A pair of gray shaded sunglasses hid the woman's eyes from view.
“Can I help you?” Mahayla asked. She had the distinct impression the lady was about to bolt. Interesting.
“Y...yes. I mean, maybe. How much for a...consultation?”
“The consultation is free, ma'am. Would you like to sit down? I have coffee here and a few cold drinks.” Speaking smooth and slow, Mahayla gestured toward one of the chairs opposite her desk.
“Is anyone else here?” the woman whispered.
“No ma'am, it's just me. I'm Mahayla Breland.” She didn't move around the desk, afraid she would make the woman flee before she found out what the problem was.
A husband turned stalker, most likely.
Again, the woman hesitated.
Mahayla saw the way the woman's sunglasses tilted toward the high corners of the room. Like she was looking for surveillance cameras. There were none in this specific office, though the building owner had them on the outside in case of break-ins.
Finally, the woman walked to a chair at the desk and sat on the very edge. She didn't put the mace away. “I'm Emma Chapin.”
Mahayla didn't sit down yet, and she didn't offer her hand. Instinct told her that would be a bad idea despite her own personal protocol. “Nice to meet you, Ms. Chapin. Would you like something to drink?”
“No thank you.”
“All right. What can I help you with today?” Mahayla sat down and folded her hands over the top of her desk. She realized that she didn't expect the woman to talk about an unruly ex-husband, an obsessed lover, or an irate co-worker any longer. Intuition, which she'd learned to trust long ago, warned her that whatever brought Emma here was much darker.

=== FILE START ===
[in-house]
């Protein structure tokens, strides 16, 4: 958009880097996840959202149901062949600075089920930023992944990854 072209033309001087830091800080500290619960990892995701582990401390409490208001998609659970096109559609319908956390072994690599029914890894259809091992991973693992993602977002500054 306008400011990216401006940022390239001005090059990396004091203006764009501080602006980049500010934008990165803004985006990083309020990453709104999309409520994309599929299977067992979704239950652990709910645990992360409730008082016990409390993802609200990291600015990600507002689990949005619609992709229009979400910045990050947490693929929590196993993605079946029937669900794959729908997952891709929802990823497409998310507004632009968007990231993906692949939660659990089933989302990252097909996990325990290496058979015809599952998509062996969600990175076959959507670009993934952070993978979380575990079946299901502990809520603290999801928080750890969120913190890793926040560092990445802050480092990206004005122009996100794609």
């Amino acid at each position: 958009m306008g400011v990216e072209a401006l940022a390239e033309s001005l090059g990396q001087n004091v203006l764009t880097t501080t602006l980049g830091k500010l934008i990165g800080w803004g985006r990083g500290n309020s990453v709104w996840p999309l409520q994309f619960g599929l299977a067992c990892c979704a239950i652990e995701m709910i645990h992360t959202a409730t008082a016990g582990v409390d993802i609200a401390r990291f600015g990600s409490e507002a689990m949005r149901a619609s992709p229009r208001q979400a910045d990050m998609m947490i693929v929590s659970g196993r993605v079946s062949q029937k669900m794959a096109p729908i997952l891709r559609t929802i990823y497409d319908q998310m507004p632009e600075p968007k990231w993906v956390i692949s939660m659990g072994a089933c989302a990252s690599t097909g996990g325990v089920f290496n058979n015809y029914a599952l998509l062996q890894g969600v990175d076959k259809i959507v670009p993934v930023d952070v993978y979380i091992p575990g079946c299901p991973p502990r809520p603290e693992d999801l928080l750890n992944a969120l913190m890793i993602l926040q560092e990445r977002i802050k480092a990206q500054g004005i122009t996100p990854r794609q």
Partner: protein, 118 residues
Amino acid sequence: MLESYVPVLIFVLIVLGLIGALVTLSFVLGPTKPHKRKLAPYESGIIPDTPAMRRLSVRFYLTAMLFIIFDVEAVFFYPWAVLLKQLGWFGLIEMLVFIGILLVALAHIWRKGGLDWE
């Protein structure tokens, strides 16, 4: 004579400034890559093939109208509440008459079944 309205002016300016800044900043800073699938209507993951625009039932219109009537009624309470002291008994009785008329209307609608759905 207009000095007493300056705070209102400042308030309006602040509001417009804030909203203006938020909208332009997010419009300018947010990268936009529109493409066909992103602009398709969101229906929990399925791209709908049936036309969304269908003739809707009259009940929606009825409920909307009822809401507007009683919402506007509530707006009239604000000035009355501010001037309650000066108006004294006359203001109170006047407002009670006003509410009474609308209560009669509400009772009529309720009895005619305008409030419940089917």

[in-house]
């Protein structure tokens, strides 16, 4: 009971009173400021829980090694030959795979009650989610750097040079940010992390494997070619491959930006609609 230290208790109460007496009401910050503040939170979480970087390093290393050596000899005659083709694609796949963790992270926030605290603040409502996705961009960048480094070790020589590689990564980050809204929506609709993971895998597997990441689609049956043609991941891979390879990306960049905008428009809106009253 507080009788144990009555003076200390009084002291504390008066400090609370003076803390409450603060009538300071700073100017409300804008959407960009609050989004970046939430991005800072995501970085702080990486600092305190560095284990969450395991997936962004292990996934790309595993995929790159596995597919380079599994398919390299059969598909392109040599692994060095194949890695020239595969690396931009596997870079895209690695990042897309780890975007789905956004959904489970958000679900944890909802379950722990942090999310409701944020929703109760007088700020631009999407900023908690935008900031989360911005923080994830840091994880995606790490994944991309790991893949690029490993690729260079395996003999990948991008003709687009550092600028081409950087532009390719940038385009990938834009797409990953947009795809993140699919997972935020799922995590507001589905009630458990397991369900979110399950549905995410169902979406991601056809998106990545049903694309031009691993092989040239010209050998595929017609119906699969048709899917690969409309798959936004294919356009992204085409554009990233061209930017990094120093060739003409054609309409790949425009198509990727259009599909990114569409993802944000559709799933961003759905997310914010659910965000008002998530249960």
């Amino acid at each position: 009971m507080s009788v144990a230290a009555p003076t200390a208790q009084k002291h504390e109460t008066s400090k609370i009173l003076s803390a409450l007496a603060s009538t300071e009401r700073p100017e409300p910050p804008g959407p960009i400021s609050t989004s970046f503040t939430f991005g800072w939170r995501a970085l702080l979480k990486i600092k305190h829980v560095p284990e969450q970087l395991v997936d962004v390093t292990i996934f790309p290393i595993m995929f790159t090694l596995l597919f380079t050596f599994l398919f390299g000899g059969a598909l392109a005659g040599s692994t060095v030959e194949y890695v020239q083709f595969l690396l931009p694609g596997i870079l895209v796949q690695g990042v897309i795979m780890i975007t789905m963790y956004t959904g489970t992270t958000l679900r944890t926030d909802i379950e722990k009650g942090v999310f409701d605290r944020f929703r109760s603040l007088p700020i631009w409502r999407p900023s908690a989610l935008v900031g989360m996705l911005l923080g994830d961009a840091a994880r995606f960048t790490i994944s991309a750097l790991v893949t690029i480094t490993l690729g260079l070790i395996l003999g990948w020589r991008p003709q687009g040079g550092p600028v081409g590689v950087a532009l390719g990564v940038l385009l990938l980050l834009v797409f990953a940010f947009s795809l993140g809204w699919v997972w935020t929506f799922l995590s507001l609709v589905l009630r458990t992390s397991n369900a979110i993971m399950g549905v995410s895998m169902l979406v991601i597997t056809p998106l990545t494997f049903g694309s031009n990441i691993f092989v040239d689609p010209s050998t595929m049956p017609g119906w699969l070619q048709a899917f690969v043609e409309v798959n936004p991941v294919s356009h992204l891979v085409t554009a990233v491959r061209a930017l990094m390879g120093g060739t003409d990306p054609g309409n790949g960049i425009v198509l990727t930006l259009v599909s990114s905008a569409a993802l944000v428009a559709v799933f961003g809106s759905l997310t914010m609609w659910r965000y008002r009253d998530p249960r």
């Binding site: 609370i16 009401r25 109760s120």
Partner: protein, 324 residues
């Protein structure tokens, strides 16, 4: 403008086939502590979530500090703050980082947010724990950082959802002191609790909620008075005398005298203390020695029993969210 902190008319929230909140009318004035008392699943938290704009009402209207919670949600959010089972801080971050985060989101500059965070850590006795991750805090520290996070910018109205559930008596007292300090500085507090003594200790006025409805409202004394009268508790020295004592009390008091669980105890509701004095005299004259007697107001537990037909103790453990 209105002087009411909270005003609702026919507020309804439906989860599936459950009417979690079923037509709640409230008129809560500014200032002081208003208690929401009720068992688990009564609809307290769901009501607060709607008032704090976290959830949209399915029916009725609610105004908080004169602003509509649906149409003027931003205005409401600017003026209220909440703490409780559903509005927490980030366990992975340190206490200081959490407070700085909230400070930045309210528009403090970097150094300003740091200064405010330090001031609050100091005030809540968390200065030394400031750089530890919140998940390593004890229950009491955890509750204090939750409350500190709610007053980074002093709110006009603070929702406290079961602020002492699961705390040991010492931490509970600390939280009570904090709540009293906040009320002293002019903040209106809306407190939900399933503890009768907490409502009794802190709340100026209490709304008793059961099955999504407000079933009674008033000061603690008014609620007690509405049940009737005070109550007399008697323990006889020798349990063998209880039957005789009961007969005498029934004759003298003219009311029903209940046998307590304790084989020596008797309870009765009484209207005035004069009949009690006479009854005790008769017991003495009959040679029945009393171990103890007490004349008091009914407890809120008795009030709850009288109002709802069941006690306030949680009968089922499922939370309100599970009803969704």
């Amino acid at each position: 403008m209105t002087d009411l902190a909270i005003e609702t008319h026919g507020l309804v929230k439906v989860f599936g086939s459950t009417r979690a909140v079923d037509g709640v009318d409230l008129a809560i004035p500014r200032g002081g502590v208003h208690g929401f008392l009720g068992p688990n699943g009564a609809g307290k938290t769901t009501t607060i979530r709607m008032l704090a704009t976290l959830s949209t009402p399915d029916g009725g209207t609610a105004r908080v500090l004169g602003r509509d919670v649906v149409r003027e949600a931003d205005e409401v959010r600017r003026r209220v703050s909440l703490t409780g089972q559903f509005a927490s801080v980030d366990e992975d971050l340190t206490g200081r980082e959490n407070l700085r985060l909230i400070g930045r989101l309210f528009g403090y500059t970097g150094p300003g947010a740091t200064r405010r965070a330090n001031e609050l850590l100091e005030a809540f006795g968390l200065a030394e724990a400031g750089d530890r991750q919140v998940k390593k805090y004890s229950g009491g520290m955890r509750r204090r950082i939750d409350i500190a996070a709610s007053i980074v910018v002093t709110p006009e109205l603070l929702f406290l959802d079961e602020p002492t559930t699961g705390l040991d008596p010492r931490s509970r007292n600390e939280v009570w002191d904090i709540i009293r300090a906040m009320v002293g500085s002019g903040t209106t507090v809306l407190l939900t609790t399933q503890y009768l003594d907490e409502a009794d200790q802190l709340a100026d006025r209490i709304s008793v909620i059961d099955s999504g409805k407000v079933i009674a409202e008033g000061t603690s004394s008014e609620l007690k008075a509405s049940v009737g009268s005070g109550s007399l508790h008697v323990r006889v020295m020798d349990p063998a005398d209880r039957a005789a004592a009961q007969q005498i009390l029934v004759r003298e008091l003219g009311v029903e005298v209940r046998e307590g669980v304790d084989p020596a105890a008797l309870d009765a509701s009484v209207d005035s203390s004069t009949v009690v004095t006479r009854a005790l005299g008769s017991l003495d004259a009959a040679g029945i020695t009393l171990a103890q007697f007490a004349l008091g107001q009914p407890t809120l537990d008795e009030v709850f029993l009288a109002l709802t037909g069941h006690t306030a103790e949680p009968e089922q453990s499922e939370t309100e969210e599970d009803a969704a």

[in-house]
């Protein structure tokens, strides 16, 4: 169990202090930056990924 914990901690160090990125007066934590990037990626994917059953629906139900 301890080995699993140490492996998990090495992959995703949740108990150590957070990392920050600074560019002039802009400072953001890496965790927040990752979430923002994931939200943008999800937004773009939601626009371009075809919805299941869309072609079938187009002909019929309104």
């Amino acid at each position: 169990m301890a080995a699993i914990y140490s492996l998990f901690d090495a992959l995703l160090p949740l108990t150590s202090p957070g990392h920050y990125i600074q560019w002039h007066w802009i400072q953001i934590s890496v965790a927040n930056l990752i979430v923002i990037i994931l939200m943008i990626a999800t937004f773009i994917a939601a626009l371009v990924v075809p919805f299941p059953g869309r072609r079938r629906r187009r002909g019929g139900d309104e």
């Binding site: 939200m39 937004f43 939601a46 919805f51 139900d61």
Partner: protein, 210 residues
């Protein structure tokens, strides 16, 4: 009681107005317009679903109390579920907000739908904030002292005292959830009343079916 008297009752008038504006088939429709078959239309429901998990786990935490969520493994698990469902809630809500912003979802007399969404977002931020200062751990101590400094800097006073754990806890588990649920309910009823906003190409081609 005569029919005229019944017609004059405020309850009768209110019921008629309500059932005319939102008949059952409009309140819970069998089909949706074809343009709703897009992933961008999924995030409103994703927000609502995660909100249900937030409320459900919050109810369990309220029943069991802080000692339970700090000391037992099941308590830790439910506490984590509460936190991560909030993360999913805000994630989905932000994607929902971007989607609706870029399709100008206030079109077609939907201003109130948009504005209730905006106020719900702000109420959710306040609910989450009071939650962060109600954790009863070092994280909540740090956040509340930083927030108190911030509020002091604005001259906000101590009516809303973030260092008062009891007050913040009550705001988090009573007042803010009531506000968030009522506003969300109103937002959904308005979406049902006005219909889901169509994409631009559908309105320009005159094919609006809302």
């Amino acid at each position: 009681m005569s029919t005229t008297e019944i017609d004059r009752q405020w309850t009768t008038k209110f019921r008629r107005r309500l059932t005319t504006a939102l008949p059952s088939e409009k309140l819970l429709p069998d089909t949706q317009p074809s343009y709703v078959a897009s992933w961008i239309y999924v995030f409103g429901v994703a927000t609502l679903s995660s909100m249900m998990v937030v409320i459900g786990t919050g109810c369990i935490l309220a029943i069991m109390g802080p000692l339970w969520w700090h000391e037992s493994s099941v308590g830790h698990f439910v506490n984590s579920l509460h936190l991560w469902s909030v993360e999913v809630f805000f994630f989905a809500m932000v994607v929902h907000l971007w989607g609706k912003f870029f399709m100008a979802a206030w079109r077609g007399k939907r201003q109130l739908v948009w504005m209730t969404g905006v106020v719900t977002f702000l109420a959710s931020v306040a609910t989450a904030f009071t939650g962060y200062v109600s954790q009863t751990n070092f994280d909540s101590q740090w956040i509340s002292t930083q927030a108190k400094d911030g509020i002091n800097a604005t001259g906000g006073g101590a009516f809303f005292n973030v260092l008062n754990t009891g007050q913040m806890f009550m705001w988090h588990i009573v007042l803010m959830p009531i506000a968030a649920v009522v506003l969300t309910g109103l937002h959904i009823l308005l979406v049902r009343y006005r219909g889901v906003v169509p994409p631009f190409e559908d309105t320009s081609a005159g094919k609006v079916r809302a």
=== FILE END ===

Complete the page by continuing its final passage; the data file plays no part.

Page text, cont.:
Emma licked her lips and nudged the sunglasses up on the bridge of her nose with a knuckle. “Do you accept missing persons cases?”
“Yes, I do. Who is it that's missing, Ms. Chapin?”
“It's my son. Elliott.” Emma's sunglasses pointed down at her hands. At the mace.
“How long has he been missing?”
“How old is Elliott, Ms. Chapin? Have you contacted the authorities?”
“He's twenty-nine, thirty in September. I can't contact the authorities. I need to do this on my own.”
Mahayla sat back in her chair. “I'm not sure I understand. The authorities have a much more intricate networ--”
“They have spies in the police department,” she whispered.
Emma whipped a look behind her.
The quick motion startled Mahayla. No one had come into the office. What had the woman so spooked?
“I can't tell you unless you agree to take the case, Miss Breland,” Emma said when she glanced back. She seemed a little edgier.
“I'll take the case. I need a hundred-fifty dollar deposit. The balance will be due when I find your son.” Even if she'd had ten cases ahead of this one, Mahayla wouldn't have turned it down. This was more than a simple missing persons case, more than someone who'd run off in a fit or a fury. She could feel it in her bones.